This weekend I put together a new LEGO set which got me thinking.
Holy heck LEGO instructions are a work of art.
They’ve come a long way over the years so that it’s enjoyable for the entire family.
From the bags to the instructions, even the tools to fix the inevitable mistake of placing a brick and needing to remove it.
LEGO has fine-tuned the entire experience and that wasn’t by mistake. But you don’t have to be LEGO to build the experience your customers long for.
You and your customers want the same thing. To quickly find what they’re looking for, an easy checkout process, and a giant tub of mint chocolate chip ice cream.
Ok, maybe you can’t help with the last one but you can make their shopping experience frictionless.
Whether you’re using shopping ads, social media, SEO, or any combination thereof to attract customers, make the shopping experience easy.
Not sure where to start?
Here are a few ideas to create the best experience possible:
Use buttons for variant selections – Using drop-down selections often requires more effort (more clicks). Buttons on the other hand provide more clarity on all the options available and which ones are currently in stock.
Avoid automatic carousel sliders – When there is more than one message (e.g. more than one slide), it becomes too much and our brain can’t process it. The banner then becomes completely useless and a waste of space. Too many messages equal no message at all.
Increase font size – Using 16 pixel font on your Shopify website is the smallest size for all text to ensure the best readability for everyone.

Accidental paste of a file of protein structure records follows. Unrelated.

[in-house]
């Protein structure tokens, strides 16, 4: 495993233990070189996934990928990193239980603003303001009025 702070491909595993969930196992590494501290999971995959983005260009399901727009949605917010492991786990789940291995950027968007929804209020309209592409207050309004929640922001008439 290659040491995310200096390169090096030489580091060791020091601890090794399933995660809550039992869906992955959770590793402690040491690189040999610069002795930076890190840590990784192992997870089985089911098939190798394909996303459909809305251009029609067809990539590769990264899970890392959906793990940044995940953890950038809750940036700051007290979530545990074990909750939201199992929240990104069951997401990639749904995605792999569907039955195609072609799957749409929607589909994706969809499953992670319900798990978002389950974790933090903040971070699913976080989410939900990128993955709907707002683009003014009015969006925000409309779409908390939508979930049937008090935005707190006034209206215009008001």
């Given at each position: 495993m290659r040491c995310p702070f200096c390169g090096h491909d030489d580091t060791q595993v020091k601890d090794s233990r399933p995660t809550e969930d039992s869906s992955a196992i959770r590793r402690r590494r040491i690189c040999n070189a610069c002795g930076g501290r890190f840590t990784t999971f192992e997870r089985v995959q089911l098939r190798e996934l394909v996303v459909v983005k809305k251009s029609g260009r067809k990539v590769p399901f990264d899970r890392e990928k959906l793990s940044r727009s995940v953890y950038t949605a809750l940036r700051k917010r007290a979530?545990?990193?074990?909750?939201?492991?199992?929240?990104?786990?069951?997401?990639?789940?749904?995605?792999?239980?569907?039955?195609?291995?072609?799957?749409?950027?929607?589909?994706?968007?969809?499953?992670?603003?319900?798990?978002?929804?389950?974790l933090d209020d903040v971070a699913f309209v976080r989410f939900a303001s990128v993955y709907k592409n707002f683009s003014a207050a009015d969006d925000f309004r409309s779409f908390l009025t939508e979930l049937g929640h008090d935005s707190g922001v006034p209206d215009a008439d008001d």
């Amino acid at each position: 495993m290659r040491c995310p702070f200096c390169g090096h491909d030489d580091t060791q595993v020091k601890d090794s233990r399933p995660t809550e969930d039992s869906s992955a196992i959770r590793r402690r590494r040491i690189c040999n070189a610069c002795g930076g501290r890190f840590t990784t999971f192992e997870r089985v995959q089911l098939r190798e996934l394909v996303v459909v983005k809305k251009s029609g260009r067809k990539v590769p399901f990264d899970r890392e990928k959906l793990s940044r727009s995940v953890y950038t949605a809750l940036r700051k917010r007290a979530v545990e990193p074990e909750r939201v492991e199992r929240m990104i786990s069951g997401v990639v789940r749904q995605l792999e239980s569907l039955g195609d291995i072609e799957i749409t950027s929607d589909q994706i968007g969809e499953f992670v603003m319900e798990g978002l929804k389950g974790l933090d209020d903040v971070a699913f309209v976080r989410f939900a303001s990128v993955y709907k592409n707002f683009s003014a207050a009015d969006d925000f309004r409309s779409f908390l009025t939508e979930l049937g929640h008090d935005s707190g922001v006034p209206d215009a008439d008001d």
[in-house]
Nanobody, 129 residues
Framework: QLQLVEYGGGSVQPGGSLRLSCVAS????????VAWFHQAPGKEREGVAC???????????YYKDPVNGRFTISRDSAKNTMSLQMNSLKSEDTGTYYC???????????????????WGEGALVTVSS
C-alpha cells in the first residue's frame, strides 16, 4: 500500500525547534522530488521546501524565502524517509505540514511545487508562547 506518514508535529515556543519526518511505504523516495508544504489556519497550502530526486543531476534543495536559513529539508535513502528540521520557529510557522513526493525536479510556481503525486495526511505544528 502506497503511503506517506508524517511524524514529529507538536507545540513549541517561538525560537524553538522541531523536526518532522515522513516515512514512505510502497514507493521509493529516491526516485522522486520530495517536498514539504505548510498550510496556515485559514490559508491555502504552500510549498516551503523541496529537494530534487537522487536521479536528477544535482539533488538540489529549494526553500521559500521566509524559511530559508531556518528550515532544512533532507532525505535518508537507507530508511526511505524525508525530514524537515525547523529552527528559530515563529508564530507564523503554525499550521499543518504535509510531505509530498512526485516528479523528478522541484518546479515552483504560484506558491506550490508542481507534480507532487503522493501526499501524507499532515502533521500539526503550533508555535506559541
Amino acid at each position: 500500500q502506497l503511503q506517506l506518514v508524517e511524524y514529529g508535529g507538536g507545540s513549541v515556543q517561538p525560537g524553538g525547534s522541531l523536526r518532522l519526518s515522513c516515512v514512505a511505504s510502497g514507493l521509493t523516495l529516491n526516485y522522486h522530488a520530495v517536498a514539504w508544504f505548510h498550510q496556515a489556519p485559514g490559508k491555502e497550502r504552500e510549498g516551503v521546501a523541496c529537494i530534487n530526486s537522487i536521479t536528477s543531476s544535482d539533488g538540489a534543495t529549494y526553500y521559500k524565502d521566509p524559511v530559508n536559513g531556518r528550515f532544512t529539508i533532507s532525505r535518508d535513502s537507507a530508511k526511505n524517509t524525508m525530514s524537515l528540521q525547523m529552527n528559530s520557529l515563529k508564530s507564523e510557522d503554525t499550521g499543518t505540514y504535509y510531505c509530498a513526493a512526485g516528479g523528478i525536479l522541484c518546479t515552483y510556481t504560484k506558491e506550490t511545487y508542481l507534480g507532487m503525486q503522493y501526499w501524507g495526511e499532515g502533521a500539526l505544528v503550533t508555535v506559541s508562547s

Get them through Shopify checkout faster – Shopify uses dynamic checkout buttons or express checkout as some refer to it. Dynamic checkout changes the payment option on the button dynamically (or automatically) based on the customer’s past shopping experiences. Customers no longer spend time finding their wallets and entering their credit card information.
Understand the purpose of a homepage – The purpose of your homepage isn’t to sell them on that one item that brought them in from the proverbial sidewalk. Don’t be too eager to close the sale.
Avoid the great wall of text – Break paragraphs out by thought or by 2-3 sentences at most. Breaking paragraphs into smaller chunks allows you to easily keep track of where you are without feeling like you need to use your finger or a ruler. Paragraph text should be around 80 characters long before it moves down to the next row.
Group variants into one product – In most cases, it makes sense to group variants together into one product because it’s easier to see all the options in one place. The rare occasion I recommend using individual products is usually when the Shopify store only has one or two products. (There are always edge cases but this is for the majority.)
Turn off Quickview – The risk of using Quick View is that some customers misinterpret the Quick View popup as the product page itself. Many customers who click on the Quick View, do so because they are looking for more information. They could be looking for a larger product image, more product images, description details, and perhaps if there are other colors or variants that are available.
Enhance the shopping experience with icons – Icons are used all the time, and when done correctly, they communicate the core idea or intent of a product. Everyone absorbs information differently. Some need images, others maybe want videos, and some prefer good old text.
Be inclusive – What if I told you that by not purposefully designing for inclusivity, you could be ignoring revenue? What if I told you that designing for inclusivity could be small changes to your Shopify store that will directly impact conversions and don’t have to cost a lot of money?
Your customers are like you when you go shopping.
They want to have a good shopping experience, find what they are looking for, and buy it.
Don’t overcomplicate it.
Remember they are a person on the other end, not a dollar sign.
Remove the friction on your site by making it simple and easy to digest.